What you know or may not know about family nature in Africa……Previously, we discussed the meaning and types of marriages in Africa. In this unit, we will look at the other part: the family institution. You will be learning about the family systems as a form of social institution in Africa. Remember, marriage and family institutions go together and you cannot have one without the other Marriage is one important step that leads to family formation. We all come from one family or the other. Look back into your own experiences. Before any of your siblings, relatives, friends or colleagues is eligible to move to their suitors’ homes, they would have done one form of ceremonial activities or the other which would involve families of the intending couples. In this unit, particular attention will be placed on the concepts of family, the types family and the role of family in African societies.
The family is a basic unit of social organisation in African societies and other countries of the world. Nearly all societies in history have been based on family groups. Just as societies differs, so do family systems. Families are brought into existence through marriage and children are a basic feature of a family. The family provides a platform for the reproduction and rearing of new members of the society so as the preserve the continuity of the society. A closely related term to family is kinship. In one sense, kinship is determined by biological factors. One is related to one’s father and mother by virtue of one’s birth; one’s father and mother are related by virtue of marriage, living together and procreating children; children of the same parents are related as a result of being born by the same parents. However, kinship goes beyond this.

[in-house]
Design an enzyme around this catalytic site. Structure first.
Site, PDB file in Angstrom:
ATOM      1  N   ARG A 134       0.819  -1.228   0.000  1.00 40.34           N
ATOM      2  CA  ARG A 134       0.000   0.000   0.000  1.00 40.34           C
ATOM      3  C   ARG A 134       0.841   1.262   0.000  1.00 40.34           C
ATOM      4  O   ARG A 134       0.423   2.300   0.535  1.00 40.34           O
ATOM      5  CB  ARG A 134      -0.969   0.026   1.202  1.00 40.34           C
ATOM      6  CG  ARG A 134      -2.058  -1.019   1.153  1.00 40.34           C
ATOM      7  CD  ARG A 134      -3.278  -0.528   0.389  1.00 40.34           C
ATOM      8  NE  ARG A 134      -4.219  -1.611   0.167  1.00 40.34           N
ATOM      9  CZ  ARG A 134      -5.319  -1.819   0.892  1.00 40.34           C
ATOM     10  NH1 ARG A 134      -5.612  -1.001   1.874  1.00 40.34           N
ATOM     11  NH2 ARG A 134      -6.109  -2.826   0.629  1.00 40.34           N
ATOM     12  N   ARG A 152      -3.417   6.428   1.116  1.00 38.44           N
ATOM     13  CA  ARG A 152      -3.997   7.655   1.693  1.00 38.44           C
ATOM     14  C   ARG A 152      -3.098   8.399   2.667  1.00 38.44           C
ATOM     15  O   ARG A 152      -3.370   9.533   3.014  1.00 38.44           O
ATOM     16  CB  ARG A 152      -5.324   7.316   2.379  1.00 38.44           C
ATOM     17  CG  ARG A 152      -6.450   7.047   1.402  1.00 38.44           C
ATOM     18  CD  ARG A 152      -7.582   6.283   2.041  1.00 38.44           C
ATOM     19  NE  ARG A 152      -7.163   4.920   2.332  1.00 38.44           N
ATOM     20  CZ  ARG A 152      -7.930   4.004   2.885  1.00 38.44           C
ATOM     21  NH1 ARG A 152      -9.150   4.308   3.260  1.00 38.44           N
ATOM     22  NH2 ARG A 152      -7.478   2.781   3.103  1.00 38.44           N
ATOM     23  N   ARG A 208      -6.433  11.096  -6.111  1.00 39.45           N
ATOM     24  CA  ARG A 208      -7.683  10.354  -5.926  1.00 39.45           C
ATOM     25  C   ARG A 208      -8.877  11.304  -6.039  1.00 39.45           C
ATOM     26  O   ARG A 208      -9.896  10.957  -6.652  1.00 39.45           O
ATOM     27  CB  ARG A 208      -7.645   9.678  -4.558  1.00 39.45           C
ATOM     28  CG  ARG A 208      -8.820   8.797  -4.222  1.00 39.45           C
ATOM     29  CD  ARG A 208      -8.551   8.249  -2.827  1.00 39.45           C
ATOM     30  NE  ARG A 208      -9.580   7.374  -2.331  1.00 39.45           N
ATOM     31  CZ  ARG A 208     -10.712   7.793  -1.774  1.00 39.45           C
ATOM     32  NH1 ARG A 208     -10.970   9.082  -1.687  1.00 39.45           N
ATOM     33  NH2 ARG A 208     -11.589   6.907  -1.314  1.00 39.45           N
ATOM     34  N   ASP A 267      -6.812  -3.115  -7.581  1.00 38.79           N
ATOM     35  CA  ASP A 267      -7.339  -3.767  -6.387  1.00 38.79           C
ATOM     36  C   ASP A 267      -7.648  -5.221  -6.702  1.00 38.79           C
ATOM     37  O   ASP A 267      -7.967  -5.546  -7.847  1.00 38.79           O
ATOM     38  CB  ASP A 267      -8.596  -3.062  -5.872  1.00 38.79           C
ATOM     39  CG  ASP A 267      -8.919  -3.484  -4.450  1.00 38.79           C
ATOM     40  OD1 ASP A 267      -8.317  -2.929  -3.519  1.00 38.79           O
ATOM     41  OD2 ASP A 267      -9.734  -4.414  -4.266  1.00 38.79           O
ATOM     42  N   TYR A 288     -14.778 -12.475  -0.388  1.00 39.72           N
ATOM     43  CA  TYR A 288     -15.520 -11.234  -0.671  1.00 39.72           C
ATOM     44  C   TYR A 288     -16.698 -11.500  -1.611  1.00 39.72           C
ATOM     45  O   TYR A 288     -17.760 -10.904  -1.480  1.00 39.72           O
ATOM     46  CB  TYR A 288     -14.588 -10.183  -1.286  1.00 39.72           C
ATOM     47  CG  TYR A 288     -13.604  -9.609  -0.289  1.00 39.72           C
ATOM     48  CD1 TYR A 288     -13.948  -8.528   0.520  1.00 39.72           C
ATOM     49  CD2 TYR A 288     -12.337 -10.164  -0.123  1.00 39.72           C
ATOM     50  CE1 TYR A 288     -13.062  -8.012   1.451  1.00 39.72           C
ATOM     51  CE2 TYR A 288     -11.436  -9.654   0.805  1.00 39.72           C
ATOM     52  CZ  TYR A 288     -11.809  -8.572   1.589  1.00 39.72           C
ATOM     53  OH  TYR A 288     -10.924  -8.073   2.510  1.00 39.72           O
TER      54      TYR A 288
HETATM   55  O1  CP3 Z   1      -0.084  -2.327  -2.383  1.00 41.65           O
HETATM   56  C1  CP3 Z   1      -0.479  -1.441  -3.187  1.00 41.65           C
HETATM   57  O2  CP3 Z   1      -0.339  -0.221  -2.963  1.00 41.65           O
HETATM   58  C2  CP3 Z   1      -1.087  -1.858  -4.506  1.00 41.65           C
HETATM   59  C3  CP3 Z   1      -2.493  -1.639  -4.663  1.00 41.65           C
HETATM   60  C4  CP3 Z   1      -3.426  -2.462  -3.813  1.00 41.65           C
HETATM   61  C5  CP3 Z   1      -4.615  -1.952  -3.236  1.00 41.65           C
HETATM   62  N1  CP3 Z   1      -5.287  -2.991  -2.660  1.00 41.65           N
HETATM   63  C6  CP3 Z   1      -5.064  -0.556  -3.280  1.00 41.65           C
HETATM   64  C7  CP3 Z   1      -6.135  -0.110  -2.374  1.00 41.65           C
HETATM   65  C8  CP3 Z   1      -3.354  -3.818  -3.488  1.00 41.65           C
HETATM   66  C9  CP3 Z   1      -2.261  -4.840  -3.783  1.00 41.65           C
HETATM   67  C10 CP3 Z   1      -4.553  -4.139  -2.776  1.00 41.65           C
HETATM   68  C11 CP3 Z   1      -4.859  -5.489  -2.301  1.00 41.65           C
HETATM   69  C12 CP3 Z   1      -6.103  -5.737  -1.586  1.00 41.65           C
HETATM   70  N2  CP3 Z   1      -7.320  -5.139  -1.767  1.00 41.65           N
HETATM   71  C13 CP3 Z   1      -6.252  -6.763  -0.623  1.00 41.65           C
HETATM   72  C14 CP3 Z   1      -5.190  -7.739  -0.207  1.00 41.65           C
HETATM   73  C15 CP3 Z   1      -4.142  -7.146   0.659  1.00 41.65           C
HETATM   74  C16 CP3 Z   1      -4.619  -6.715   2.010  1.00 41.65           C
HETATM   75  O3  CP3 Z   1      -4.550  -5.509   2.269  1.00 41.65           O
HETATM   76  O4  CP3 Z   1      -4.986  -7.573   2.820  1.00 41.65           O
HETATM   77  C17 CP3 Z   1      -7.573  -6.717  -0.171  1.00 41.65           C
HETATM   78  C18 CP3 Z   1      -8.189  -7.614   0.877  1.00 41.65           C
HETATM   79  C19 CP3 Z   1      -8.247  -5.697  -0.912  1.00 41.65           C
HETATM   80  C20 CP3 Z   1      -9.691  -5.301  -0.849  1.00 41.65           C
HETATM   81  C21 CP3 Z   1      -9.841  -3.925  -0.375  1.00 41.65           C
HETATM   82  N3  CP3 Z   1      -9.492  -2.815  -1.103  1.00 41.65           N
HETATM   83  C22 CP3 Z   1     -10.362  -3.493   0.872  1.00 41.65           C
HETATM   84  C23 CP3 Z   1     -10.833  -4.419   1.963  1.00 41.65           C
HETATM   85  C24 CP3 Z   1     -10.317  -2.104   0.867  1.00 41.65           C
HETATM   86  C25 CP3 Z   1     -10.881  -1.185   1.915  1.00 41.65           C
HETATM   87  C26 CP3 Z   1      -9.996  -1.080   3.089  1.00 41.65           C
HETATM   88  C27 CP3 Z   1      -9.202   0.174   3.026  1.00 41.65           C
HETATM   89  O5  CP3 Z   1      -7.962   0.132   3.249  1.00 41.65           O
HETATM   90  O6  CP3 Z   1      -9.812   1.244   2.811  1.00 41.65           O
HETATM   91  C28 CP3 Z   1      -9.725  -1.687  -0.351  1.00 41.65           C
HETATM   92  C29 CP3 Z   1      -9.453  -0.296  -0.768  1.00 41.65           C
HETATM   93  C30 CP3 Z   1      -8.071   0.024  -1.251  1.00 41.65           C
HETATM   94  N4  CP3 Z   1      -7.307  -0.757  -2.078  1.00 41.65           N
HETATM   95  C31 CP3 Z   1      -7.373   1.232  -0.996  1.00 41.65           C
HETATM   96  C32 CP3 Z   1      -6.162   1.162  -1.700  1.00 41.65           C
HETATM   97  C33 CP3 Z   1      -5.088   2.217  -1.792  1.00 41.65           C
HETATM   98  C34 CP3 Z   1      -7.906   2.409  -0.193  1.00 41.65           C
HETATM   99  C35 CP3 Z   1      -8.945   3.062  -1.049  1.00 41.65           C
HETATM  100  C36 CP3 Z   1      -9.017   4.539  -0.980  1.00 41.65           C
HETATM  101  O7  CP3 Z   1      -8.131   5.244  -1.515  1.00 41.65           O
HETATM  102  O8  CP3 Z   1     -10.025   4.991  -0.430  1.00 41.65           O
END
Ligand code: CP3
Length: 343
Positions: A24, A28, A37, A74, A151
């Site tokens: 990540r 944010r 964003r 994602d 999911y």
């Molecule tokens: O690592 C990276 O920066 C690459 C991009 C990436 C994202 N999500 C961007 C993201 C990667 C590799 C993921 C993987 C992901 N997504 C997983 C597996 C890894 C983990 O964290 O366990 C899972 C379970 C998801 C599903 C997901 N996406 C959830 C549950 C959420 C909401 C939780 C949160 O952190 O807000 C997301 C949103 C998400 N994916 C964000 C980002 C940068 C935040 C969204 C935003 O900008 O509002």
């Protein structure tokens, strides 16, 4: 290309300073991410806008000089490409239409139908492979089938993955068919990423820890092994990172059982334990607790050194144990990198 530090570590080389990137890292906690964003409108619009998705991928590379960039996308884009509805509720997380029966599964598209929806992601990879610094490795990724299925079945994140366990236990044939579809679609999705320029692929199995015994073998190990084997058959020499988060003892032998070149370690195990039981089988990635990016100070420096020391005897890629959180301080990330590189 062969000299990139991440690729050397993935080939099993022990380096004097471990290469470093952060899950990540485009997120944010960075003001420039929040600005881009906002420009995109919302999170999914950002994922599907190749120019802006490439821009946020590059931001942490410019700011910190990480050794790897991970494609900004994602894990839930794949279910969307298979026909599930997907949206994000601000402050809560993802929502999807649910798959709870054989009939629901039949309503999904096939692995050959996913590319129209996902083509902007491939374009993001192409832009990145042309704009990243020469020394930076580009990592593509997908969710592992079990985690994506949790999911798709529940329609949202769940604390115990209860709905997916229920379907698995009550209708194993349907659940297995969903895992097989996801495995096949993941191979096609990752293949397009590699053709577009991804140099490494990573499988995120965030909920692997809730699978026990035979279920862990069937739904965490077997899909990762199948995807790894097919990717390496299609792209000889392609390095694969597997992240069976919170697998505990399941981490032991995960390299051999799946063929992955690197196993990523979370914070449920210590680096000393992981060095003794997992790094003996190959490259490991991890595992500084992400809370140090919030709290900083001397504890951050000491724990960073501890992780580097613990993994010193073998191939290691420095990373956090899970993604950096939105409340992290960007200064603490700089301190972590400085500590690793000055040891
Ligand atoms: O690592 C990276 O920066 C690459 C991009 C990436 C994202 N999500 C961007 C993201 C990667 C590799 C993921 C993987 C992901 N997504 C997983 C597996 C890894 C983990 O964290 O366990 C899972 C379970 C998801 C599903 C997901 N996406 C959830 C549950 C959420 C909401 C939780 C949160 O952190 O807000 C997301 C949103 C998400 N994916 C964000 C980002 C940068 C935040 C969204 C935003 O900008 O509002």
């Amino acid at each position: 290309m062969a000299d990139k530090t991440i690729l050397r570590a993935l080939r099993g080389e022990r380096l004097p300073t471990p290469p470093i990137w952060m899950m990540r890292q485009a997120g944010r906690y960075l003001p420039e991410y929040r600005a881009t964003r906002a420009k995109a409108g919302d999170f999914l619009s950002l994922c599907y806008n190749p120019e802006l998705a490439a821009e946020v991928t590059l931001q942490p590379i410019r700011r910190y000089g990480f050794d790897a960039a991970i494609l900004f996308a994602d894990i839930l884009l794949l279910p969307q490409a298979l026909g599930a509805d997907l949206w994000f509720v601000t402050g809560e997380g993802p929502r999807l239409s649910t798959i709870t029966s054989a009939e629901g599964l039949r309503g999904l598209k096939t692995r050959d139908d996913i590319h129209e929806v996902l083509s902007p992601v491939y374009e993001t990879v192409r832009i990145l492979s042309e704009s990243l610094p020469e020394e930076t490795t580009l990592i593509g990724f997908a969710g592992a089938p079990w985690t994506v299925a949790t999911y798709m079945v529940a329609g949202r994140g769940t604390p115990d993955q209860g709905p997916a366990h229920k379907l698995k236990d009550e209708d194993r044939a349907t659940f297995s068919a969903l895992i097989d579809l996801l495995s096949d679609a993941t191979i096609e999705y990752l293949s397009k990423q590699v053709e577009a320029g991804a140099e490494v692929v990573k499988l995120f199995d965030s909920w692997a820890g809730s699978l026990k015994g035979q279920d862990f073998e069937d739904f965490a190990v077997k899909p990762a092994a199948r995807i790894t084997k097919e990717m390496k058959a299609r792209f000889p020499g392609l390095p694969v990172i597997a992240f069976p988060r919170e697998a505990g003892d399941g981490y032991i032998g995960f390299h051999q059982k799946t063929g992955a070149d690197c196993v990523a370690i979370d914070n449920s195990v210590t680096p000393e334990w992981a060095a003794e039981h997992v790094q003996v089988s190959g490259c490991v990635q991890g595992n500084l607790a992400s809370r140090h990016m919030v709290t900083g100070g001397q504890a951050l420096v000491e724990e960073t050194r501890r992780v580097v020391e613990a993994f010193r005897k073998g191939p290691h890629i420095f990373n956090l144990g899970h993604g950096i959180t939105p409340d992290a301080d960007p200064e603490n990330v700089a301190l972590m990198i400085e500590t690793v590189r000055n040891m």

There are various ways of describing families through kinship ties. In this unit, we will restrict ourselves to three major types. These are the nuclear family, extended family and clans or sibs. In the next section, we will discuss these kinship groupings in details.
The Nuclear Family
The nuclear family is a kinship grouping made up of a married couple and their unmarried children. There are two variants of this type of family and individuals normally belong to the two types. An individual will belong to a nuclear family in which he or she is reared. This is called the family of orientation. An individual will also belong to another type of nuclear family referred to as the family of procreation. This is the one in which the individual functions in as a parent. The nuclear family ceases to exist with the death of the parents.
The extended family is the major form of kinship grouping in Africa. It may be in form of monogamous extended joint family or a polygamous extended family. The monogamous extended family consist of two or more nuclear families linked through parent-child or siblings relationships. This type of family is often characterised by common residence and accompanied by shared socio-economic obligations. In a patrilocal society (that is, a society in which decent is traced through men alone), the male offspring at marriage continues to reside in the family dwelling, together with their wives and children.
The polygamous extended family could either be polygamous or polyandrous. A polygynous extended family consists of an adult male, his two or more wives and their children. This type of family is commonly found among most tribes in Nigeria, for examples the Yorubas in Western Nigeria and the Gwoza people in Borno State in Northern Nigeria. This type of family is also predominant among Muslims compared to Christians. The polyandrous extended family is a reverse of the polygynous type. It is composed of an adult female, her two or more husbands and their children.